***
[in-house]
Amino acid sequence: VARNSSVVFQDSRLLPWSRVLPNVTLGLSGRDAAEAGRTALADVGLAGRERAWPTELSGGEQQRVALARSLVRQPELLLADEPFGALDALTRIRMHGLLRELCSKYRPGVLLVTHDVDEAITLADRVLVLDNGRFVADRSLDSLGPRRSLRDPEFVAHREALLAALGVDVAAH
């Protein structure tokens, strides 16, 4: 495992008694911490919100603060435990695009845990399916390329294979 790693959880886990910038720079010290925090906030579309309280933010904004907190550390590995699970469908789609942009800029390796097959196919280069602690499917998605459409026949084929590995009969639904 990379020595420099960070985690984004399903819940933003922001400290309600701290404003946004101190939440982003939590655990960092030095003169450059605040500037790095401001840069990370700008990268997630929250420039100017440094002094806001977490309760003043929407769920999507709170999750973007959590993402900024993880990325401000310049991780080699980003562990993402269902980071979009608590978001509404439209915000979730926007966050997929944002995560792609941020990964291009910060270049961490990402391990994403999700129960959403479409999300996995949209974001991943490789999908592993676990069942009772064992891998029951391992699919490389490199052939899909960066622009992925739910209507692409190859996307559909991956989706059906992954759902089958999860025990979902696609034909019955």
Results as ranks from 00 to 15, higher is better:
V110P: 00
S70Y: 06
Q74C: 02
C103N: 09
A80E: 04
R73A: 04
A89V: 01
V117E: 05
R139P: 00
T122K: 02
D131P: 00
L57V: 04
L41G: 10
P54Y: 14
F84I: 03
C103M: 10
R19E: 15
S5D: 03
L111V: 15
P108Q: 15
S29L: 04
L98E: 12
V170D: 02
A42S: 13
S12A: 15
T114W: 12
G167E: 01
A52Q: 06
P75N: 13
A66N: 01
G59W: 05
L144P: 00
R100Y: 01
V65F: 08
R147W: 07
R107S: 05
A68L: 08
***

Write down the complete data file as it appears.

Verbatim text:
[in-house]
Amino acid sequence: VARNSSVVFQDSRLLPWSRVLPNVTLGLSGRDAAEAGRTALADVGLAGRERAWPTELSGGEQQRVALARSLVRQPELLLADEPFGALDALTRIRMHGLLRELCSKYRPGVLLVTHDVDEAITLADRVLVLDNGRFVADRSLDSLGPRRSLRDPEFVAHREALLAALGVDVAAH
């Protein structure tokens, strides 16, 4: 495992008694911490919100603060435990695009845990399916390329294979 790693959880886990910038720079010290925090906030579309309280933010904004907190550390590995699970469908789609942009800029390796097959196919280069602690499917998605459409026949084929590995009969639904 990379020595420099960070985690984004399903819940933003922001400290309600701290404003946004101190939440982003939590655990960092030095003169450059605040500037790095401001840069990370700008990268997630929250420039100017440094002094806001977490309760003043929407769920999507709170999750973007959590993402900024993880990325401000310049991780080699980003562990993402269902980071979009608590978001509404439209915000979730926007966050997929944002995560792609941020990964291009910060270049961490990402391990994403999700129960959403479409999300996995949209974001991943490789999908592993676990069942009772064992891998029951391992699919490389490199052939899909960066622009992925739910209507692409190859996307559909991956989706059906992954759902089958999860025990979902696609034909019955």
Results as ranks from 00 to 15, higher is better:
V110P: 00
S70Y: 06
Q74C: 02
C103N: 09
A80E: 04
R73A: 04
A89V: 01
V117E: 05
R139P: 00
T122K: 02
D131P: 00
L57V: 04
L41G: 10
P54Y: 14
F84I: 03
C103M: 10
R19E: 15
S5D: 03
L111V: 15
P108Q: 15
S29L: 04
L98E: 12
V170D: 02
A42S: 13
S12A: 15
T114W: 12
G167E: 01
A52Q: 06
P75N: 13
A66N: 01
G59W: 05
L144P: 00
R100Y: 01
V65F: 08
R147W: 07
R107S: 05
A68L: 08